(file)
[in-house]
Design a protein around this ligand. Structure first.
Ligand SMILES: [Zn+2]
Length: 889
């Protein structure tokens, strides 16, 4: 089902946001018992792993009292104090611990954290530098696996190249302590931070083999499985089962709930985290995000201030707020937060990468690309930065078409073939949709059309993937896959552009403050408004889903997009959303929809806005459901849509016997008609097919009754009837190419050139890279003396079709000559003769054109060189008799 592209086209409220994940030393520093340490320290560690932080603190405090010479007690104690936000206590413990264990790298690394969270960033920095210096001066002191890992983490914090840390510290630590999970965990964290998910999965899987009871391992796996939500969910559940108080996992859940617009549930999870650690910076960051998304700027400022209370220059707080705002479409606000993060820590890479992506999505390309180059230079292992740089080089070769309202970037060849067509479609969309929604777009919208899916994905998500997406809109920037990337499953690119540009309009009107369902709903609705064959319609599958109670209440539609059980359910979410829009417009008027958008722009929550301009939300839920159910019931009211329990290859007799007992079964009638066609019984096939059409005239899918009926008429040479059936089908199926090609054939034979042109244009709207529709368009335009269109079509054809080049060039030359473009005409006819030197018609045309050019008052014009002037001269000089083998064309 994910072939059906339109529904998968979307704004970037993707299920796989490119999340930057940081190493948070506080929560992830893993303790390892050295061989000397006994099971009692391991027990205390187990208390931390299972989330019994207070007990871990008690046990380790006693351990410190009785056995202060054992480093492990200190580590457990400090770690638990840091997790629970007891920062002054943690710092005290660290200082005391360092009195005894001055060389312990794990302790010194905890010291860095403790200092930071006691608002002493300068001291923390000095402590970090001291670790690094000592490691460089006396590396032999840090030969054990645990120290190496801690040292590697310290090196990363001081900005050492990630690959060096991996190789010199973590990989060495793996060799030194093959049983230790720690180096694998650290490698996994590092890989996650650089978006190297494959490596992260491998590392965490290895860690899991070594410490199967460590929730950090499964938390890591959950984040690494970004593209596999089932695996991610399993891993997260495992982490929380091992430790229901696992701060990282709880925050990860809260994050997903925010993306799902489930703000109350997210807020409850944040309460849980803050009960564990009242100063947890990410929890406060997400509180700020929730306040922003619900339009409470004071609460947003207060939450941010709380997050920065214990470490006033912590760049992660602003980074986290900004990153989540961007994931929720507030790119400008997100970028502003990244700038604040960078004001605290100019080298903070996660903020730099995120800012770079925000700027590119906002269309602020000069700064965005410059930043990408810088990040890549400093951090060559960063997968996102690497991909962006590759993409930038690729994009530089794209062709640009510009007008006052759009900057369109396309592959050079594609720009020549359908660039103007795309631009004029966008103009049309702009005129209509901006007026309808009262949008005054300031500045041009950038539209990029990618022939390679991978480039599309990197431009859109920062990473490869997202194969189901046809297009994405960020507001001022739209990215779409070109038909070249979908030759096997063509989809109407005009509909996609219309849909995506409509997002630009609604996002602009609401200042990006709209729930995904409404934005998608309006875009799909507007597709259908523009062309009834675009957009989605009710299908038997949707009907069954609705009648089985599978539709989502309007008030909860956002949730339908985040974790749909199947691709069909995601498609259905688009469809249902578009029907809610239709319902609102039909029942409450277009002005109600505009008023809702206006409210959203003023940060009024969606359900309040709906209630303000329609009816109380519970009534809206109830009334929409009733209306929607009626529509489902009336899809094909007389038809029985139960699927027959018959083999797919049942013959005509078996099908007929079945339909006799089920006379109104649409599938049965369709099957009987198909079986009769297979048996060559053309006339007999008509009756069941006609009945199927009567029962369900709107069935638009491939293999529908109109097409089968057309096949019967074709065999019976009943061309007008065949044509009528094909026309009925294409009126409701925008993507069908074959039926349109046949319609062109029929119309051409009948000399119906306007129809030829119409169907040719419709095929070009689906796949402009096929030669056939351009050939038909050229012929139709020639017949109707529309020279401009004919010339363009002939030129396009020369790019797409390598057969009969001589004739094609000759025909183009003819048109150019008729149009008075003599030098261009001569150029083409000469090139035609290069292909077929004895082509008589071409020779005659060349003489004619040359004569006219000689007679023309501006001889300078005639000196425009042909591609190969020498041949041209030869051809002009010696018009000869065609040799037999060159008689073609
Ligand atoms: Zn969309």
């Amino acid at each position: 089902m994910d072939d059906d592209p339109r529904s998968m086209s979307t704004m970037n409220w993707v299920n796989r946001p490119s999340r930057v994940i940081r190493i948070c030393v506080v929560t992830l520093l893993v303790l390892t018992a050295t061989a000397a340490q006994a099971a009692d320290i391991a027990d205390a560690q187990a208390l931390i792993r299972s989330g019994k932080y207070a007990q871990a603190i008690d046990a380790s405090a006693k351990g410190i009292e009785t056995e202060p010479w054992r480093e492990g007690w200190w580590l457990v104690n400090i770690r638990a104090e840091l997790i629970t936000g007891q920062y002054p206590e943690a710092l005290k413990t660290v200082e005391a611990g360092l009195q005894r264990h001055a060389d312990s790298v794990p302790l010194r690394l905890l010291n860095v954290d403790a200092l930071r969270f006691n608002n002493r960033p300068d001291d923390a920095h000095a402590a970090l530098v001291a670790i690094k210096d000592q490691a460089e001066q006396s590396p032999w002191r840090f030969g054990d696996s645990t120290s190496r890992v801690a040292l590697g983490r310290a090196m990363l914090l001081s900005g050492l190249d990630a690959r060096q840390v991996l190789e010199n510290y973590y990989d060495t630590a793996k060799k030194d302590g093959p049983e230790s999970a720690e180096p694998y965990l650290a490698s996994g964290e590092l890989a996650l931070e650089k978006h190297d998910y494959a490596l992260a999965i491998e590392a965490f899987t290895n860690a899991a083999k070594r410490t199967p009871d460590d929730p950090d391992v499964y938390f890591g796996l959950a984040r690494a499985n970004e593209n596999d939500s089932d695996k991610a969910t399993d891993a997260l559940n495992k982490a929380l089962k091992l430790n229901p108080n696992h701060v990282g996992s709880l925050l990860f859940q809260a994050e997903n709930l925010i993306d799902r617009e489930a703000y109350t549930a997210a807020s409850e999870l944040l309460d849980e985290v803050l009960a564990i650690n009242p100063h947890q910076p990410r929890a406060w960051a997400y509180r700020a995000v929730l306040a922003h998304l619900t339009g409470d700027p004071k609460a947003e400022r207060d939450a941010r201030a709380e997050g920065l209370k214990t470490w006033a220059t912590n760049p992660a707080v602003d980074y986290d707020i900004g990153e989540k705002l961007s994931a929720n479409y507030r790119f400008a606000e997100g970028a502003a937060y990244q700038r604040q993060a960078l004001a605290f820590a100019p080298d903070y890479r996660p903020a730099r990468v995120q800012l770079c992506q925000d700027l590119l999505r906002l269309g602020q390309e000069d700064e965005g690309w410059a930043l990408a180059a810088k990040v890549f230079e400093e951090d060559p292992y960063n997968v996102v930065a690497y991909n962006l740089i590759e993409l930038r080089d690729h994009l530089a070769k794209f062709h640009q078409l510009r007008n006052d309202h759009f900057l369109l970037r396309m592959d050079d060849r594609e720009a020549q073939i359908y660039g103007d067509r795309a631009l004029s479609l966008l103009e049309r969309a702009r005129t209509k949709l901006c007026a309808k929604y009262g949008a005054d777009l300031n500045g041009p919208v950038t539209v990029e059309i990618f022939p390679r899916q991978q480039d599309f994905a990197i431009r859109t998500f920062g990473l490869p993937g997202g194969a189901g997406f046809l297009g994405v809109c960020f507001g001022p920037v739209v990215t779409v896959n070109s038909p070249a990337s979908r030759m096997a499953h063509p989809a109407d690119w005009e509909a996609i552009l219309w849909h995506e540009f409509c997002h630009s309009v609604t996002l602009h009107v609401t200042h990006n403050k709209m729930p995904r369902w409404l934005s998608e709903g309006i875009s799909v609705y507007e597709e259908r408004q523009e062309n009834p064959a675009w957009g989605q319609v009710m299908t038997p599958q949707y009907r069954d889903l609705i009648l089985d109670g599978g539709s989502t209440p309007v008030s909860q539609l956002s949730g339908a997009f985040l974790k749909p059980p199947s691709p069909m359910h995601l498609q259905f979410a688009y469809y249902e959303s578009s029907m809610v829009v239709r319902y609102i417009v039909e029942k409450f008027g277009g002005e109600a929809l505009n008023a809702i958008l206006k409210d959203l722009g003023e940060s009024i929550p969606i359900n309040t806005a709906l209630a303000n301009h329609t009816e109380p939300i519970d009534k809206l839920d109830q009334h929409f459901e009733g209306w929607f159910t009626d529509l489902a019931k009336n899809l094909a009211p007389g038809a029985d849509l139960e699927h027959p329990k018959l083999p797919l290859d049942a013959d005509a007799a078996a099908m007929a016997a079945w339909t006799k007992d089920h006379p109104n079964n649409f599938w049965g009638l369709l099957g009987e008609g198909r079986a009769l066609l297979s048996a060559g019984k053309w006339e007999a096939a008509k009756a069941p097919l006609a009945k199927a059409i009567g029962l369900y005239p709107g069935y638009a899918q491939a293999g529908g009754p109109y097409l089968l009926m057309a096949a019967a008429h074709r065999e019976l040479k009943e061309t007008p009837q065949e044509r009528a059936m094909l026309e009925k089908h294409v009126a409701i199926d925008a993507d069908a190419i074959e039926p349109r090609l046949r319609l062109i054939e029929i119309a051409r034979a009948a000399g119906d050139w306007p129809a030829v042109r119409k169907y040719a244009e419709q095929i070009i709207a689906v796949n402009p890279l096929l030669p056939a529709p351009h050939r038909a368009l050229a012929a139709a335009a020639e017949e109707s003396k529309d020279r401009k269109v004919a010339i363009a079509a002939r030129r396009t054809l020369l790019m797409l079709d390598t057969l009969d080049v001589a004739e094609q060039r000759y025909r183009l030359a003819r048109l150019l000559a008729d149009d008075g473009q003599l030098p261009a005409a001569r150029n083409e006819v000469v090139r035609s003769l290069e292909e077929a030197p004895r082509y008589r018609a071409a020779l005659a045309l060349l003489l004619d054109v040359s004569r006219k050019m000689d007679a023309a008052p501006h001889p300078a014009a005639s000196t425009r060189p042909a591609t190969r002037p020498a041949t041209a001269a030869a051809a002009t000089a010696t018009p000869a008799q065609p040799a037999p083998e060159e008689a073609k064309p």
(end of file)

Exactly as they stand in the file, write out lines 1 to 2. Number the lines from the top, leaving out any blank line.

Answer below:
[in-house]
Design a protein around this ligand. Structure first.